A $7 million conservation project will return 20 male and 12 female black rhinos to Tanzania over the next two years. Tanzania reportedly only has 70 rhinos left. The rhino conservation project also aims to improve and protect their habitats in Serengeti, Ngorongoro and Maasai Mara National Parks. Serengeti National Park covers 5,700 square miles and is home to 200,000 zebra, but very few rhinos remain due to poaching. So far five of the black rhinos have been flown to Tanzania with batches of six at a time to come soon. The rhinos returning to Tanzania were in South Africa because they were in so much danger in their homeland from poaching during the 1960s, some of them were moved to a safer location. Flying a rhino is no easy feat, as each one can weigh 2,000 pounds.
An official for the Minister of Tourism and Natural resources Shamsha Mwangunga, remarked that the rhinos will be safe from poachers due to extra safety measures. Their current program has caught 43 poachers so far. In addition, a special unit of 23 rangers has been assembled to protect the relocated rhinos.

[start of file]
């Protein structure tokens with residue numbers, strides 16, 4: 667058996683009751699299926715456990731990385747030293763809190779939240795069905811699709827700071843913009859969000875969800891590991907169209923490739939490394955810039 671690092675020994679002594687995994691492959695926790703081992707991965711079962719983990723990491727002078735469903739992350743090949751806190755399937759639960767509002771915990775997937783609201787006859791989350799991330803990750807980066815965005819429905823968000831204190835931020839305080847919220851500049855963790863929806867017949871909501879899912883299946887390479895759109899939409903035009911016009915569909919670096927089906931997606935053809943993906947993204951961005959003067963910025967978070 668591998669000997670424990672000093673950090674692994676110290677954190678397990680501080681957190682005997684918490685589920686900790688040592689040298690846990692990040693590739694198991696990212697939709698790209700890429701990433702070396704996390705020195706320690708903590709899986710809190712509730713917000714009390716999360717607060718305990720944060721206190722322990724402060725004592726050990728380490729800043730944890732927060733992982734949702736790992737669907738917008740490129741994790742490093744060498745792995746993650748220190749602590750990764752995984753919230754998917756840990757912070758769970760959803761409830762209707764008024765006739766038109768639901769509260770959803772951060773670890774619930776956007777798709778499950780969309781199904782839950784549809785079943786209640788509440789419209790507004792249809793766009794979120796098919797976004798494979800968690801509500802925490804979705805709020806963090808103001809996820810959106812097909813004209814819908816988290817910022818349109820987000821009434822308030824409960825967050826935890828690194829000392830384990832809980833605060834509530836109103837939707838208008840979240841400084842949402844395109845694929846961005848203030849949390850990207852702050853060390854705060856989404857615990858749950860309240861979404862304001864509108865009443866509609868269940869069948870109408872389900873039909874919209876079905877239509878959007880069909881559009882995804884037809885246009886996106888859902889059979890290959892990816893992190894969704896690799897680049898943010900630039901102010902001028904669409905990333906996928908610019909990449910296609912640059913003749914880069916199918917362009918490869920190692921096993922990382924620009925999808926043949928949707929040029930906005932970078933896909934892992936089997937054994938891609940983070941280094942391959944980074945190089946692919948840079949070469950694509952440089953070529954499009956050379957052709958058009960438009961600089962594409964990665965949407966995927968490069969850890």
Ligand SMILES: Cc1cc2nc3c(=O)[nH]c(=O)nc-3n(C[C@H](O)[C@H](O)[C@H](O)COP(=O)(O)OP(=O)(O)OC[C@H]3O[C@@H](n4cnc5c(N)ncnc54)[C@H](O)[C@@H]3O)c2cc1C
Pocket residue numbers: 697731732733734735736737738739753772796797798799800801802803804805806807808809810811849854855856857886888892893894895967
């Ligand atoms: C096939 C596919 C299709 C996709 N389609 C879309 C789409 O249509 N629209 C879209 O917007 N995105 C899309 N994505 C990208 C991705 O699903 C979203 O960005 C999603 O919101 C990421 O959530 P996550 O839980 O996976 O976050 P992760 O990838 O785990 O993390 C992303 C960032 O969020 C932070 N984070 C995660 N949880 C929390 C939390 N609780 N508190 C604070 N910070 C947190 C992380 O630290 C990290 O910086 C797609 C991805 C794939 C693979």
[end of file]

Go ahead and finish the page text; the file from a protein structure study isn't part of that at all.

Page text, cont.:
The Grumeti Community and Wildlife Conservation Fund is one of the partners in the rhino relocation project. In the 1960s the black rhino population there was diminished perilously to only 42. The new relocation project may be the largest ever.
The first phase of the project was to tackle the poaching problem. There would be no point of reintroducing the animals merely for them to be killed by poachers. Now that poaching has been decreased, the extremely rare animals can be kept in private areas and closely monitored. The Grumeti Fund has been involved with increasing the populations of Thomson’s gazelles, elands, and buffalo in the region. Hopefully their knowledge of stewardship gained with those victories can be applied equally successfully to the rhinos.
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